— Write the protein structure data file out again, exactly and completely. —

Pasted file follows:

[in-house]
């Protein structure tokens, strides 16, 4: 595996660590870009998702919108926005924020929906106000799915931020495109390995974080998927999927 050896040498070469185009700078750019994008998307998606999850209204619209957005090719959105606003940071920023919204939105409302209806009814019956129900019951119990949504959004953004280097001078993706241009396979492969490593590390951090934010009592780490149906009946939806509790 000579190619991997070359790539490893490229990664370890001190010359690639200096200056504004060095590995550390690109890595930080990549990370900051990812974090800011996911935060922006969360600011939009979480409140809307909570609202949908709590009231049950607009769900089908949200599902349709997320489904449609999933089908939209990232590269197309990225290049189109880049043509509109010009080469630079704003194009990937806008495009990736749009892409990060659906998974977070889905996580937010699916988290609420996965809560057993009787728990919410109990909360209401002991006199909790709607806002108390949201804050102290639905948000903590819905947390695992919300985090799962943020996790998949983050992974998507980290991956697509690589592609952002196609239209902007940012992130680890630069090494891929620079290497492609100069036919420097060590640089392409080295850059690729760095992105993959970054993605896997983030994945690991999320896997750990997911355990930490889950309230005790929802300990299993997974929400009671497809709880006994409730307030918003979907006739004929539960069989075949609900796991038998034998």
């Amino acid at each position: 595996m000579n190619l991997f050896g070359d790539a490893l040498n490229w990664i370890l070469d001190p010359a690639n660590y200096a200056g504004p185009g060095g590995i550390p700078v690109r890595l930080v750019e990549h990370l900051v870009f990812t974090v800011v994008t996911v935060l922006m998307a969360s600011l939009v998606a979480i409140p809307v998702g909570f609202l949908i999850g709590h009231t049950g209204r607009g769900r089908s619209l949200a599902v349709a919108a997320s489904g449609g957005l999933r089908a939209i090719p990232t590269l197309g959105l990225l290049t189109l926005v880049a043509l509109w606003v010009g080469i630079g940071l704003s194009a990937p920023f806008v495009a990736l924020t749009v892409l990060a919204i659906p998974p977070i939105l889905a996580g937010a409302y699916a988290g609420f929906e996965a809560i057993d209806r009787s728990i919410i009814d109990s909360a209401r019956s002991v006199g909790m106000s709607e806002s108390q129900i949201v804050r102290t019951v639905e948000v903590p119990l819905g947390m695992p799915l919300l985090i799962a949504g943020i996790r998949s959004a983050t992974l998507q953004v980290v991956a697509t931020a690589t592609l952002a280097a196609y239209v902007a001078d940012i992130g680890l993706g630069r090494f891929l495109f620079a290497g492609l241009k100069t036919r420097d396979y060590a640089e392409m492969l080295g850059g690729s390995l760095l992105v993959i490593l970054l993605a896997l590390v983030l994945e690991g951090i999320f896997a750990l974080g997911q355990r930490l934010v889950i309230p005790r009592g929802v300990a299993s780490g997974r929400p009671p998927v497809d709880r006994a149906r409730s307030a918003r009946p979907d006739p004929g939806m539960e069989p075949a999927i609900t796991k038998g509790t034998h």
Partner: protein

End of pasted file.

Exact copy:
[in-house]
């Protein structure tokens, strides 16, 4: 595996660590870009998702919108926005924020929906106000799915931020495109390995974080998927999927 050896040498070469185009700078750019994008998307998606999850209204619209957005090719959105606003940071920023919204939105409302209806009814019956129900019951119990949504959004953004280097001078993706241009396979492969490593590390951090934010009592780490149906009946939806509790 000579190619991997070359790539490893490229990664370890001190010359690639200096200056504004060095590995550390690109890595930080990549990370900051990812974090800011996911935060922006969360600011939009979480409140809307909570609202949908709590009231049950607009769900089908949200599902349709997320489904449609999933089908939209990232590269197309990225290049189109880049043509509109010009080469630079704003194009990937806008495009990736749009892409990060659906998974977070889905996580937010699916988290609420996965809560057993009787728990919410109990909360209401002991006199909790709607806002108390949201804050102290639905948000903590819905947390695992919300985090799962943020996790998949983050992974998507980290991956697509690589592609952002196609239209902007940012992130680890630069090494891929620079290497492609100069036919420097060590640089392409080295850059690729760095992105993959970054993605896997983030994945690991999320896997750990997911355990930490889950309230005790929802300990299993997974929400009671497809709880006994409730307030918003979907006739004929539960069989075949609900796991038998034998």
């Amino acid at each position: 595996m000579n190619l991997f050896g070359d790539a490893l040498n490229w990664i370890l070469d001190p010359a690639n660590y200096a200056g504004p185009g060095g590995i550390p700078v690109r890595l930080v750019e990549h990370l900051v870009f990812t974090v800011v994008t996911v935060l922006m998307a969360s600011l939009v998606a979480i409140p809307v998702g909570f609202l949908i999850g709590h009231t049950g209204r607009g769900r089908s619209l949200a599902v349709a919108a997320s489904g449609g957005l999933r089908a939209i090719p990232t590269l197309g959105l990225l290049t189109l926005v880049a043509l509109w606003v010009g080469i630079g940071l704003s194009a990937p920023f806008v495009a990736l924020t749009v892409l990060a919204i659906p998974p977070i939105l889905a996580g937010a409302y699916a988290g609420f929906e996965a809560i057993d209806r009787s728990i919410i009814d109990s909360a209401r019956s002991v006199g909790m106000s709607e806002s108390q129900i949201v804050r102290t019951v639905e948000v903590p119990l819905g947390m695992p799915l919300l985090i799962a949504g943020i996790r998949s959004a983050t992974l998507q953004v980290v991956a697509t931020a690589t592609l952002a280097a196609y239209v902007a001078d940012i992130g680890l993706g630069r090494f891929l495109f620079a290497g492609l241009k100069t036919r420097d396979y060590a640089e392409m492969l080295g850059g690729s390995l760095l992105v993959i490593l970054l993605a896997l590390v983030l994945e690991g951090i999320f896997a750990l974080g997911q355990r930490l934010v889950i309230p005790r009592g929802v300990a299993s780490g997974r929400p009671p998927v497809d709880r006994a149906r409730s307030a918003r009946p979907d006739p004929g939806m539960e069989p075949a999927i609900t796991k038998g509790t034998h």
Partner: protein